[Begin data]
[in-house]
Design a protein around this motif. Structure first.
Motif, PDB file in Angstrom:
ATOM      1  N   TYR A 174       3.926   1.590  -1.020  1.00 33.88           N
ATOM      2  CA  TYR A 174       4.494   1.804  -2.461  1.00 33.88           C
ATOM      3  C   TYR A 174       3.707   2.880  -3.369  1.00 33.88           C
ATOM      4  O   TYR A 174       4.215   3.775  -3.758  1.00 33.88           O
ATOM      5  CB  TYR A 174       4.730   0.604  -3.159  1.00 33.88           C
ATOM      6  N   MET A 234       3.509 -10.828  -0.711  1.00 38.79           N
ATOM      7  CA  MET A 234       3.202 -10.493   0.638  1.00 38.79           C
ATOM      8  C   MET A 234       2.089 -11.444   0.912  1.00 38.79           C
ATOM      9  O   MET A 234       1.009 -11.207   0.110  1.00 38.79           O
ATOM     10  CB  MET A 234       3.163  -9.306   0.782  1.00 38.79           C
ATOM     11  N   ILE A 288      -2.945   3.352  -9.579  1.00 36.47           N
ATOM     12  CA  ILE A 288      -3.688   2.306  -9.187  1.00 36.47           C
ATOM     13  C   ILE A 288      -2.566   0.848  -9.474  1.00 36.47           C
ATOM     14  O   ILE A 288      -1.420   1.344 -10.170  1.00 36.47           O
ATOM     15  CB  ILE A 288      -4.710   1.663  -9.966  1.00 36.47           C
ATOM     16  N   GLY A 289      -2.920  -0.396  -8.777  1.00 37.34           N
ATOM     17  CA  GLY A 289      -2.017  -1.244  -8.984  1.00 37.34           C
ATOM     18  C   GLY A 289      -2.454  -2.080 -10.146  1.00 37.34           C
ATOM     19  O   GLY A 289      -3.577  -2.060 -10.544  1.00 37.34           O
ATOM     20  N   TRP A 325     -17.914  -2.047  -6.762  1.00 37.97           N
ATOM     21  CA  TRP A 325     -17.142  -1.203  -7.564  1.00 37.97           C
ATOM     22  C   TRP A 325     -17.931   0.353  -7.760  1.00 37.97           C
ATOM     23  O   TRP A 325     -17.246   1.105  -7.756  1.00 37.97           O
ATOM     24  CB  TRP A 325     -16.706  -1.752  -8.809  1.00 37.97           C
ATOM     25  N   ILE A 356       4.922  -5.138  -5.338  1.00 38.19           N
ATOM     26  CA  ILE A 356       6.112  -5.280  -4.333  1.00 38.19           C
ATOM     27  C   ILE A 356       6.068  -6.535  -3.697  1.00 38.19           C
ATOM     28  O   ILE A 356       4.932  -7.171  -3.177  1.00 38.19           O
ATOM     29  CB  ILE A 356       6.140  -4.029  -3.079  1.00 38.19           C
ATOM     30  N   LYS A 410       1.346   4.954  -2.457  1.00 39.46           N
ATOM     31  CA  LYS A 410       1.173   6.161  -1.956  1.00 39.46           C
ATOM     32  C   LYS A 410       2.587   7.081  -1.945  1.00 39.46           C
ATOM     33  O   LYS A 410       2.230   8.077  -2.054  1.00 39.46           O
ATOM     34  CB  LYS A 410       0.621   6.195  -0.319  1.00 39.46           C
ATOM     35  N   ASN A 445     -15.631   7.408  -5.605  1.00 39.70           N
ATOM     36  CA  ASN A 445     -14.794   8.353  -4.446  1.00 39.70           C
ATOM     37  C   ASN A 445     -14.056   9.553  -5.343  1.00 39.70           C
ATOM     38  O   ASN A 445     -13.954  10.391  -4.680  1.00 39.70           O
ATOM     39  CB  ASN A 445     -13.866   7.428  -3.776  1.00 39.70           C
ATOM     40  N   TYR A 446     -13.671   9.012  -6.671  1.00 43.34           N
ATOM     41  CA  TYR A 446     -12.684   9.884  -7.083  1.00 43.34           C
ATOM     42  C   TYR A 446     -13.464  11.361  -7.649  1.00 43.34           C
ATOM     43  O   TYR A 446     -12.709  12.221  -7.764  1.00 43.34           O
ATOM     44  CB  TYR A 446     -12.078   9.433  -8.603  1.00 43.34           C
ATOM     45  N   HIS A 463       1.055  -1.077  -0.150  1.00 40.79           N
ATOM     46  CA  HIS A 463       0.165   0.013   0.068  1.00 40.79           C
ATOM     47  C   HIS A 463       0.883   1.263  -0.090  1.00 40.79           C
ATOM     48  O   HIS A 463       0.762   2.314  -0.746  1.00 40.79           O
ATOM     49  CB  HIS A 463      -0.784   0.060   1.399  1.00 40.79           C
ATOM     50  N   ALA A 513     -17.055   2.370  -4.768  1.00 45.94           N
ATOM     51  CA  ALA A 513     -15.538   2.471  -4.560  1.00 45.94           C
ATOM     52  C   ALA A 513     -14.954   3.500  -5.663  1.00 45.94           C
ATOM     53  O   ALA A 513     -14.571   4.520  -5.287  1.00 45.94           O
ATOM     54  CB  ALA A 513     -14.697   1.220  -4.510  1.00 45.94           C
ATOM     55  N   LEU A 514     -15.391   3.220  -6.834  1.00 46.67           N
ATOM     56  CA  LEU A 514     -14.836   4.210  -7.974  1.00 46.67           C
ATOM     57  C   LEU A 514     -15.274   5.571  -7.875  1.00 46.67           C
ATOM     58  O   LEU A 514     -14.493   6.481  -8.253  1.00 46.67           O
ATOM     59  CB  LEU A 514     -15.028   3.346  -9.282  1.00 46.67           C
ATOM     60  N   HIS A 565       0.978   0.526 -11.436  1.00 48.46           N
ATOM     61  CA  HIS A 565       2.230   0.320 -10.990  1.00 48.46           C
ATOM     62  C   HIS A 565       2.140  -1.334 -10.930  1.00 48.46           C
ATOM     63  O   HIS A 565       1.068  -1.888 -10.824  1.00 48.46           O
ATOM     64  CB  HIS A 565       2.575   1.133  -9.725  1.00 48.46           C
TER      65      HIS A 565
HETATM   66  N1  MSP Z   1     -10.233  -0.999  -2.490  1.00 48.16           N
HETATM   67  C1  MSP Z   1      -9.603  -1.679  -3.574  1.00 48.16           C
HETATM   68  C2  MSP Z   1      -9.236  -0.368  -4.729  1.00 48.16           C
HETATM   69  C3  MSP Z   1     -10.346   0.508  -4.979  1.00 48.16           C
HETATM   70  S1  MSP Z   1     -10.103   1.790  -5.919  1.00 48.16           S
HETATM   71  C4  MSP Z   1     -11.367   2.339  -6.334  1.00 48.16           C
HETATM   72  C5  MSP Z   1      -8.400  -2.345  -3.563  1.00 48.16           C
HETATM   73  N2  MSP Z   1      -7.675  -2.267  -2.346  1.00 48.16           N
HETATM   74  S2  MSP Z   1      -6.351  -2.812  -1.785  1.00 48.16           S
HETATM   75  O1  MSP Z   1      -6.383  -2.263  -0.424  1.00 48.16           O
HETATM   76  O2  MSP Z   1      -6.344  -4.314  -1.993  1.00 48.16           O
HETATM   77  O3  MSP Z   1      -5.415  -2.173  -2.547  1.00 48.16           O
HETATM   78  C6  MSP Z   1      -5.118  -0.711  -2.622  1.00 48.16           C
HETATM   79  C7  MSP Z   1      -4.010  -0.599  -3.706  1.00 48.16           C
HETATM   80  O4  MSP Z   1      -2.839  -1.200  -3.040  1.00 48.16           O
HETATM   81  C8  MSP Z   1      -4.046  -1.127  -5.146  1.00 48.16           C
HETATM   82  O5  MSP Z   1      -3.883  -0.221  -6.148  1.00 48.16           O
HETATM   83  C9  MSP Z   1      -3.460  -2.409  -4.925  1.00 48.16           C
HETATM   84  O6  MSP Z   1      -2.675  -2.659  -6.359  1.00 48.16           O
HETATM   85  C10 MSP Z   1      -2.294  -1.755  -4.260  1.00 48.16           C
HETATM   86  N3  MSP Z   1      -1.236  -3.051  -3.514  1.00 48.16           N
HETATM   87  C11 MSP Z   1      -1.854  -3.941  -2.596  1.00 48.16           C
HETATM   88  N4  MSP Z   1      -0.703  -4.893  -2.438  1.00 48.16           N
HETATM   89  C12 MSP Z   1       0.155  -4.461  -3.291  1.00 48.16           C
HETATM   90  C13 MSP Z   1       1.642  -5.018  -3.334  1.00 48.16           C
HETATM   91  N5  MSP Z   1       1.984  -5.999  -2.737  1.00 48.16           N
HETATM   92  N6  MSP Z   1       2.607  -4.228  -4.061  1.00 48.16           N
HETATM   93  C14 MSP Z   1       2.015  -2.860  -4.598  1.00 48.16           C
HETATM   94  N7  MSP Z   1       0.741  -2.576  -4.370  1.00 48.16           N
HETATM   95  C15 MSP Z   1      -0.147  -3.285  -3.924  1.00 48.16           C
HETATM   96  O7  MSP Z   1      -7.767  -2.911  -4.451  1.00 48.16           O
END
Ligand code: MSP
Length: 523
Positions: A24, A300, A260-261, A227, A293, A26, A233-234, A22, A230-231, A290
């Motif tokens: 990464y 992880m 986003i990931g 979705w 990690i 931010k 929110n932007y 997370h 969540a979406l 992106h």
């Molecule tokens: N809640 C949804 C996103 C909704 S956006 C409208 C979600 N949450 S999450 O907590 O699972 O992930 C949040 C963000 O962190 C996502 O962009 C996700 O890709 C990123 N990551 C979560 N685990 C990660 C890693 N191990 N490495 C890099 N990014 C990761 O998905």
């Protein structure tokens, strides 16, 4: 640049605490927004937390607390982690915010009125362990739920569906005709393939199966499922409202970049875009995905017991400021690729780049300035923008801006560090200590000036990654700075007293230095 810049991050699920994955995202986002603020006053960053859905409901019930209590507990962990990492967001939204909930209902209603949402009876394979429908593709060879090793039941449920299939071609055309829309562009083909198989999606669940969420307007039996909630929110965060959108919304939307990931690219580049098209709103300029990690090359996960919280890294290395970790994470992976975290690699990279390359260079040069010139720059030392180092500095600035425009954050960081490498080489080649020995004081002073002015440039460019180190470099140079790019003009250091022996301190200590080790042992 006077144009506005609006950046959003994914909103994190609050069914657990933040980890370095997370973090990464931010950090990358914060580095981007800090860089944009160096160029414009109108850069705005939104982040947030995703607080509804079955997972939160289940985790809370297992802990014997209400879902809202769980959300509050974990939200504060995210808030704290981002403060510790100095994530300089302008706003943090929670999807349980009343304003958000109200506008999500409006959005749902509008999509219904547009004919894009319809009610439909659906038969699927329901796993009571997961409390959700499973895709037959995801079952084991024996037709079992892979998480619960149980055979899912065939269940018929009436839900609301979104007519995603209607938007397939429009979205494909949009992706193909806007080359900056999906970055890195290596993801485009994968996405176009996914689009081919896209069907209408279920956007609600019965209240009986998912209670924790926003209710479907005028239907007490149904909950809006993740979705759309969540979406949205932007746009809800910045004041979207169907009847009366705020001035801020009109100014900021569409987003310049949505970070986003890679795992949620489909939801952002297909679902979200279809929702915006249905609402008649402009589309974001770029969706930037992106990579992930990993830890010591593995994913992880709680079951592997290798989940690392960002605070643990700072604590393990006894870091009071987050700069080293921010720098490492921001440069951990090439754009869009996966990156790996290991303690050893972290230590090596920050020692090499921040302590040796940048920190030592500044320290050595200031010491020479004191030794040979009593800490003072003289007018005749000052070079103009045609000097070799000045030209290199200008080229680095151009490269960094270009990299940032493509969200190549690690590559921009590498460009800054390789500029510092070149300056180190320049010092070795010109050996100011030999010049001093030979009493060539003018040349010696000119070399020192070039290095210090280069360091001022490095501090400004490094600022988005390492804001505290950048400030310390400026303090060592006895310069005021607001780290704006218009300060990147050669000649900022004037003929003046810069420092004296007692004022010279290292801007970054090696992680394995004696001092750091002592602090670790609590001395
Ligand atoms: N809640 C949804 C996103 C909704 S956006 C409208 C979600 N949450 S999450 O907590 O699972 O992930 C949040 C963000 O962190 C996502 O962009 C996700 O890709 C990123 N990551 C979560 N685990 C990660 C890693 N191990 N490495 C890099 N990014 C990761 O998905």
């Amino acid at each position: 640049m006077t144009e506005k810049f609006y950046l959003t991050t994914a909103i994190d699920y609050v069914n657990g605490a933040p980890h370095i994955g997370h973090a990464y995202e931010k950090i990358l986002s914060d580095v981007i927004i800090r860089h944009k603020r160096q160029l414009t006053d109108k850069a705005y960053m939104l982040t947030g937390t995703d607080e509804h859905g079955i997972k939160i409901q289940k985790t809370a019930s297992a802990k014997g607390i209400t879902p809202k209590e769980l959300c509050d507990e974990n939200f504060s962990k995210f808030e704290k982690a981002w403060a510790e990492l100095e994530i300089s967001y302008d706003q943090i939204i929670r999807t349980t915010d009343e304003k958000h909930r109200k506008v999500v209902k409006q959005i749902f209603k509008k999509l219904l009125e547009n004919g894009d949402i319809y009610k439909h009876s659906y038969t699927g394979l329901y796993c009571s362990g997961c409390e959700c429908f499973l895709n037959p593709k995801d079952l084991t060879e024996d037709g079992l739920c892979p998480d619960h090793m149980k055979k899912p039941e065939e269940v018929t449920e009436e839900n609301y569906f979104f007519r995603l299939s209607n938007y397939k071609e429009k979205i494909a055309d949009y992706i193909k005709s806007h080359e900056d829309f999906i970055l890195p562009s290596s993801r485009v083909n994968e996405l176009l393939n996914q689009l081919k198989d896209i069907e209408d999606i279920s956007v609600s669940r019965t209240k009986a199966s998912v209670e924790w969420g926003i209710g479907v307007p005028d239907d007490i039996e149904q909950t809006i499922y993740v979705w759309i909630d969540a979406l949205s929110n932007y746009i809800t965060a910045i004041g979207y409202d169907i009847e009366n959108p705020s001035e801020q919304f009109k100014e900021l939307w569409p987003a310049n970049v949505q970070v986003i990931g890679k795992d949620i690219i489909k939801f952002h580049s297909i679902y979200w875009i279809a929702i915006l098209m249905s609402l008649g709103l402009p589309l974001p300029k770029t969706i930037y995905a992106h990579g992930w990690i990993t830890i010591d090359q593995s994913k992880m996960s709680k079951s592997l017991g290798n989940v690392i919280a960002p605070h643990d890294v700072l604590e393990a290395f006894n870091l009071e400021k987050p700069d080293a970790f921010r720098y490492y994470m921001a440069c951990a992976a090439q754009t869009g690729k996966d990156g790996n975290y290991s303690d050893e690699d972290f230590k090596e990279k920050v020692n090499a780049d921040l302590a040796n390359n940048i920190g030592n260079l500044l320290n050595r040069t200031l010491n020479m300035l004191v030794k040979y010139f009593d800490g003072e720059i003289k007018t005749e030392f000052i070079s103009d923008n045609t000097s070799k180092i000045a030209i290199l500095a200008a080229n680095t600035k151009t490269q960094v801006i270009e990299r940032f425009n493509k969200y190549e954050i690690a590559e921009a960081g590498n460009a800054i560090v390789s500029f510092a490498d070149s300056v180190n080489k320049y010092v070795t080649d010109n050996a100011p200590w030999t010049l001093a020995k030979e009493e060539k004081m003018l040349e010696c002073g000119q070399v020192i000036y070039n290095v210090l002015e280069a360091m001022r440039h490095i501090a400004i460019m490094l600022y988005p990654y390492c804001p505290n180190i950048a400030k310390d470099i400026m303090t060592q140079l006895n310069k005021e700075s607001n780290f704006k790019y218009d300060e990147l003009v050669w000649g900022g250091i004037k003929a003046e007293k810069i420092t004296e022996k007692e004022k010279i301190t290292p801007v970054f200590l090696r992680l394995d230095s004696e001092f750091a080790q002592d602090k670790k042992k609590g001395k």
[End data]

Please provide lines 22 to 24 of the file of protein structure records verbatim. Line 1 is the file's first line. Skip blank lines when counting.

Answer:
ATOM     19  O   GLY A 289      -3.577  -2.060 -10.544  1.00 37.34           O
ATOM     20  N   TRP A 325     -17.914  -2.047  -6.762  1.00 37.97           N
ATOM     21  CA  TRP A 325     -17.142  -1.203  -7.564  1.00 37.97           C